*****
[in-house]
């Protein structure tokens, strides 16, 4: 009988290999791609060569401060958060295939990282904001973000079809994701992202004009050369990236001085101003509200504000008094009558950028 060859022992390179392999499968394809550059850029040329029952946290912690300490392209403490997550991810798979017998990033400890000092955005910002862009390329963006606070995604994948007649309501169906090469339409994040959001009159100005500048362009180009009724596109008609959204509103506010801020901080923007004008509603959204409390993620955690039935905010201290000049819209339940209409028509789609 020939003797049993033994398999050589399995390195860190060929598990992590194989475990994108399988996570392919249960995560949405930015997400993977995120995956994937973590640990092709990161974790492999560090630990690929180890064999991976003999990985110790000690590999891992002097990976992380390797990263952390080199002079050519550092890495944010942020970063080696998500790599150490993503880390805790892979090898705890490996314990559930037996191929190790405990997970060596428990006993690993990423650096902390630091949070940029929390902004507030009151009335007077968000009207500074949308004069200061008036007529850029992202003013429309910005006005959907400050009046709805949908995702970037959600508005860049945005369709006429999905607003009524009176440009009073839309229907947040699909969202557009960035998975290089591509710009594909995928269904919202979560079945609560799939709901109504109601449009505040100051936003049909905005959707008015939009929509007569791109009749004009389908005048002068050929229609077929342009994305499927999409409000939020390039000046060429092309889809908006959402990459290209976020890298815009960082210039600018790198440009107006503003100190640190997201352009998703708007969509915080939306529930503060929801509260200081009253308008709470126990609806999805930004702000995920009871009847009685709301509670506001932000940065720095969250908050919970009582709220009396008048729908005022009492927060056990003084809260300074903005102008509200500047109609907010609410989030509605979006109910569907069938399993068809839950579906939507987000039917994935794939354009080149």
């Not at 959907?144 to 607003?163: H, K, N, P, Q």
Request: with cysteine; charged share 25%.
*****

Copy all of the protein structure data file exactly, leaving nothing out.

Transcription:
[in-house]
């Protein structure tokens, strides 16, 4: 009988290999791609060569401060958060295939990282904001973000079809994701992202004009050369990236001085101003509200504000008094009558950028 060859022992390179392999499968394809550059850029040329029952946290912690300490392209403490997550991810798979017998990033400890000092955005910002862009390329963006606070995604994948007649309501169906090469339409994040959001009159100005500048362009180009009724596109008609959204509103506010801020901080923007004008509603959204409390993620955690039935905010201290000049819209339940209409028509789609 020939003797049993033994398999050589399995390195860190060929598990992590194989475990994108399988996570392919249960995560949405930015997400993977995120995956994937973590640990092709990161974790492999560090630990690929180890064999991976003999990985110790000690590999891992002097990976992380390797990263952390080199002079050519550092890495944010942020970063080696998500790599150490993503880390805790892979090898705890490996314990559930037996191929190790405990997970060596428990006993690993990423650096902390630091949070940029929390902004507030009151009335007077968000009207500074949308004069200061008036007529850029992202003013429309910005006005959907400050009046709805949908995702970037959600508005860049945005369709006429999905607003009524009176440009009073839309229907947040699909969202557009960035998975290089591509710009594909995928269904919202979560079945609560799939709901109504109601449009505040100051936003049909905005959707008015939009929509007569791109009749004009389908005048002068050929229609077929342009994305499927999409409000939020390039000046060429092309889809908006959402990459290209976020890298815009960082210039600018790198440009107006503003100190640190997201352009998703708007969509915080939306529930503060929801509260200081009253308008709470126990609806999805930004702000995920009871009847009685709301509670506001932000940065720095969250908050919970009582709220009396008048729908005022009492927060056990003084809260300074903005102008509200500047109609907010609410989030509605979006109910569907069938399993068809839950579906939507987000039917994935794939354009080149």
């Not at 959907?144 to 607003?163: H, K, N, P, Q």
Request: with cysteine; charged share 25%.